I agree with you about Little, Big. I would put Jonathan Strange and Mr. Norell in the same general category. My personal opinion is that the best and most significant literature of this century is going to be on the borderline between fantasy and mainstream. What's being written there now isn't read by many people, but it's got something that neither strict realism nor genre fantasy seem to have. When I read either, I feel like I'm missing something, but when I read Jeff Ford or Kelly Link or Jeff VanderMeer, for example, I feel like I've found what I'm looking for, something deeply satisfying.

I think I read Love in the Time of Cholera long ago? But I don't remember the details. Ugh. I liked Marquez a great deal, and it's probably time to reread his books! Crowley resonates with me more too, I think because I come from the same literary and historical tradition that he does, so I understand a lot more of what he's trying to do. I can see where the references come from . . .

"Thanks for taking the time (from babies and dissertations and writing cool stories?) to write."

I wish I were taking time from writing cool stories! I have a handwritten manuscript sitting on my desk that I haven't been able to look at for a month now. It really is driving me slightly mad. I suppose other writers get that way as well . . .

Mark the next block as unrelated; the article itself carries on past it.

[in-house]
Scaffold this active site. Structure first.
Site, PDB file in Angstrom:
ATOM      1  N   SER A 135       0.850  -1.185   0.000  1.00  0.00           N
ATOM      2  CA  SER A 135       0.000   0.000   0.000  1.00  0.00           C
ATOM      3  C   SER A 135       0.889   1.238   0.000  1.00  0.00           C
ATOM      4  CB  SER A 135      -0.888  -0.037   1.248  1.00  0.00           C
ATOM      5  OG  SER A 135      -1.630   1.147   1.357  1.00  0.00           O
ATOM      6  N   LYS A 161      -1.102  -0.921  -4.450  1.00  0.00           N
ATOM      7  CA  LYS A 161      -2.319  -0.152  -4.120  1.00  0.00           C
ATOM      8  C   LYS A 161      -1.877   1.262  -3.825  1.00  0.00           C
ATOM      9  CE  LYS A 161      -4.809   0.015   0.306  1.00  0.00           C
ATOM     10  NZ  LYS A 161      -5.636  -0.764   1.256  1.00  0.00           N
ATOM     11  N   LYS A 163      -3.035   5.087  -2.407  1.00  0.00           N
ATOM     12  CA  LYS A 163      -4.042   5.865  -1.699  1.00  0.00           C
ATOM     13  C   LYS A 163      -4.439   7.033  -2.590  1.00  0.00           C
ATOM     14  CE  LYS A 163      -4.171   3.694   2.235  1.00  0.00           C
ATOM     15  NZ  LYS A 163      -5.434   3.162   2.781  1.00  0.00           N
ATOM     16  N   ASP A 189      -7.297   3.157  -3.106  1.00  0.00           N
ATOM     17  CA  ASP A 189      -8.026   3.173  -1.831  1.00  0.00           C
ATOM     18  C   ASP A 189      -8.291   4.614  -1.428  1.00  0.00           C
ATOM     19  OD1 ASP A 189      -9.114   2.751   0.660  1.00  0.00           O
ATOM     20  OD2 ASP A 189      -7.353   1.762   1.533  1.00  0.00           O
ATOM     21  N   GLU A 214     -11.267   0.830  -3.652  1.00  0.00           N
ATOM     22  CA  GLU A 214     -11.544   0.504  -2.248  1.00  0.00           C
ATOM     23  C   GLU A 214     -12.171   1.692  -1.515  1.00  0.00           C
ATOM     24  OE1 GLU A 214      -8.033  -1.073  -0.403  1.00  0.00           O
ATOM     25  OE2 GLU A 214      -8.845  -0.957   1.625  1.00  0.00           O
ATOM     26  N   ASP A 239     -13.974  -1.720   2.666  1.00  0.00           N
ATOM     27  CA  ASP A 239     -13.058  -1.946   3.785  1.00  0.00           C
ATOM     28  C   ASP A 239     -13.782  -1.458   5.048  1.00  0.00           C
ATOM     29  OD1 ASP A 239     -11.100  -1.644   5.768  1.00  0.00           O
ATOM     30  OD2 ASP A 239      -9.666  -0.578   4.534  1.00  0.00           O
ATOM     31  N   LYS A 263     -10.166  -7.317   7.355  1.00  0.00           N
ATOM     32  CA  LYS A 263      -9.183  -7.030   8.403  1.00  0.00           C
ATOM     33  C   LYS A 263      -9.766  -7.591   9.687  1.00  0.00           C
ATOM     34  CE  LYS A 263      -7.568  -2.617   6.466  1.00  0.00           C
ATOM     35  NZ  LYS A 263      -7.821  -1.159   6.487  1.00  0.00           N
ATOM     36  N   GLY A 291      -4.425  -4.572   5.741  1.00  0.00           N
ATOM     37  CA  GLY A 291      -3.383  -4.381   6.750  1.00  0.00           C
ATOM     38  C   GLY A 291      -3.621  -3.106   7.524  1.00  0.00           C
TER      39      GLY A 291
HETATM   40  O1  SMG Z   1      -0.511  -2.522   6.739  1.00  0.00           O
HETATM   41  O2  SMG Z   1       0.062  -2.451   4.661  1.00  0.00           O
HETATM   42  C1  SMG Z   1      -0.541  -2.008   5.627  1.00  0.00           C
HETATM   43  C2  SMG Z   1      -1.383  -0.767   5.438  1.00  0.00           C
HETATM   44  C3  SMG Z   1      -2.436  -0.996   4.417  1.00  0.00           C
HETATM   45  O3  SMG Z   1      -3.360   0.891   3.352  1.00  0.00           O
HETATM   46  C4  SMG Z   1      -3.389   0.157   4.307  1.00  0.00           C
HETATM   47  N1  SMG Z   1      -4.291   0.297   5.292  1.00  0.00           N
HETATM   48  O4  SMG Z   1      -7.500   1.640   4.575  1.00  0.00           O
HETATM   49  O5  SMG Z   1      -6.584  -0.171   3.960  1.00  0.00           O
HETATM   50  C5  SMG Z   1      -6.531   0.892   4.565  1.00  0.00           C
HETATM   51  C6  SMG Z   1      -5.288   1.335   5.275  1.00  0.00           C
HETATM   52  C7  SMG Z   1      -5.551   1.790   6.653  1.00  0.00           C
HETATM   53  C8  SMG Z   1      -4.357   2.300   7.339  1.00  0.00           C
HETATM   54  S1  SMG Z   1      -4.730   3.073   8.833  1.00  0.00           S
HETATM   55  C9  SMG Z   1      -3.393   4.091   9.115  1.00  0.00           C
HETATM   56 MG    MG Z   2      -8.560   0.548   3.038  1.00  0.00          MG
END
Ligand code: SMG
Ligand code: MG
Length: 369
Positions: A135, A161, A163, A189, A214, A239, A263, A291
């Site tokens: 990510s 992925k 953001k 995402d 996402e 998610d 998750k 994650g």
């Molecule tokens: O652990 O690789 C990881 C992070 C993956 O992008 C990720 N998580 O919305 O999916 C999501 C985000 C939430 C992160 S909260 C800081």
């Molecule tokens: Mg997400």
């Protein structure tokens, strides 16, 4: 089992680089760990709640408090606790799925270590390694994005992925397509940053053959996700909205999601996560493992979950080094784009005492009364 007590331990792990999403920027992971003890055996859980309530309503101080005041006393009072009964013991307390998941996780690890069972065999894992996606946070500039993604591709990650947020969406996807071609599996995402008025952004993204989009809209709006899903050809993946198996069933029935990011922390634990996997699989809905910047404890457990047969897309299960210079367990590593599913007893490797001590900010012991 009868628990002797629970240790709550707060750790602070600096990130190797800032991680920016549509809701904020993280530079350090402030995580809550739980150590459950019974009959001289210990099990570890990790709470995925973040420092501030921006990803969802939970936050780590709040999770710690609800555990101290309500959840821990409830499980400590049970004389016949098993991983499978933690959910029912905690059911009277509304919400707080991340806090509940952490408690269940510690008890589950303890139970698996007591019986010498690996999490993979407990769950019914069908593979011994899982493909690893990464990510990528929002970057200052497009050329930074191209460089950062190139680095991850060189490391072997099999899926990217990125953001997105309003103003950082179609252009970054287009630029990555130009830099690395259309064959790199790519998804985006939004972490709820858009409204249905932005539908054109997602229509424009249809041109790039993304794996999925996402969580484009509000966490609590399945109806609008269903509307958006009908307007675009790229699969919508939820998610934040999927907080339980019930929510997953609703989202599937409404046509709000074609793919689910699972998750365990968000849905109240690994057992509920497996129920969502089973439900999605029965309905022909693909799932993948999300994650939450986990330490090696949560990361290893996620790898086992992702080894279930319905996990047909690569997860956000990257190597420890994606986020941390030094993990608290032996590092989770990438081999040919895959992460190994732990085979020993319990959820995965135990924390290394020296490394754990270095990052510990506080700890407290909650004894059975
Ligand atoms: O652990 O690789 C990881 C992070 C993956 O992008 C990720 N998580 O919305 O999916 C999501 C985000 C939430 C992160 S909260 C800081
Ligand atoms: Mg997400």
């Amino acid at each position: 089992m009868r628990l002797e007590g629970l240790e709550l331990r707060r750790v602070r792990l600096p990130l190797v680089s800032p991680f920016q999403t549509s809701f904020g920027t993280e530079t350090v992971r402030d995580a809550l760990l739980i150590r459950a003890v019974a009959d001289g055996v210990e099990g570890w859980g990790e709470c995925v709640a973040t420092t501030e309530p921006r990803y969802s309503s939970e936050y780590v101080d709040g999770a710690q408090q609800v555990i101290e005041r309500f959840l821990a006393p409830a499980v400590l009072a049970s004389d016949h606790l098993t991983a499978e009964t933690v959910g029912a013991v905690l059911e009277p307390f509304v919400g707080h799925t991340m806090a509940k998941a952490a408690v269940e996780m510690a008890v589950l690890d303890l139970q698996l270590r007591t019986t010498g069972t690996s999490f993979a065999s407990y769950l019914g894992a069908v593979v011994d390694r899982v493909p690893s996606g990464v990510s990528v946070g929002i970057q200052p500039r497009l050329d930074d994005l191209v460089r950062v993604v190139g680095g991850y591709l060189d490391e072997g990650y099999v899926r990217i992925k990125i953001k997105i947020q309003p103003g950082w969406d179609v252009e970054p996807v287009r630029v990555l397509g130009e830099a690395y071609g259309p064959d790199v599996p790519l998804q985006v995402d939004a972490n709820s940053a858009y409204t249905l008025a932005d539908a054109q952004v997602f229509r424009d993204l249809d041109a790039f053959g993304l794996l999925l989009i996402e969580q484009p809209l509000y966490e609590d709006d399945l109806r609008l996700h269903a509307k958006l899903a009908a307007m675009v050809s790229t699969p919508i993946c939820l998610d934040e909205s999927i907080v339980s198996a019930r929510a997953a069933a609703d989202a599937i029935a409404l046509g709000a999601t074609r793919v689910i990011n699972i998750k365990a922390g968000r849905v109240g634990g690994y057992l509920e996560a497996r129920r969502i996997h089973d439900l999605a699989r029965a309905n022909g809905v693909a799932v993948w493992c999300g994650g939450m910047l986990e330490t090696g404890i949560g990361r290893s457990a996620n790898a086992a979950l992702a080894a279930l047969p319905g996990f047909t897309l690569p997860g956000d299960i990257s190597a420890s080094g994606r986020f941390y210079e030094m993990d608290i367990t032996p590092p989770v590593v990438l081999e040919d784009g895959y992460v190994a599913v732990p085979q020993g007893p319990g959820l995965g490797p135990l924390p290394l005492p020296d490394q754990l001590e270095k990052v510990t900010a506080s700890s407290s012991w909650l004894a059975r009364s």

And thanks so much for the Peter Milton link! I'm going to post a link on the art thread. Great stuff.
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Em Tersoff
Posted on Saturday, April 02, 2005 - 07:19 am:   

What about "realistic" fiction doesn't satisfy us?

A lot of the contemporary fiction I've read is stuff from the Childen's Room at my library. I don't read very much, though, largely because it just doesn't strike me as being worth the time. A lot of the sort of usual teenager stories don't have much resemblance to my real life (to be fair, my life is fairly dull) while I sympathize much more easily with someone like Meg from A Wrinkle in Time. And really, if I'm going to read a book that doesn't directly relate to my real life (and why would I want to?) at least fantasy and sf and mystery and historical fiction have other cool things going on.

It's also just difficult to know what contemporary fiction I would like. I know that, as a general rule, I like fantasy and science fiction and mystery and historical fiction. I can look for those particular types of books and be relatively assured of finding something interesting. With contemporary fiction I tend to only read stuff that leaps out at me from the library shelf.... -Em
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Em Tersoff
Posted on Saturday, April 02, 2005 - 07:28 am:   

The other thing that occurred to me, and I seem to remember this being especially true of fantasy written for children, is the idea of being special. It's not always fun having people at school think you're weird, but in fantasy stories the weird kids are the ones who usually get magical powers, or who get to go on adventures and do exciting things, while all of the "normal" kids don't get to do any of that. When I was little I didn't want to be a ballerina, I wanted to be a Jedi Knight, and while part of me knew that that really wasn't likely to happen, the other part of me still just couldn't give up on it. -Em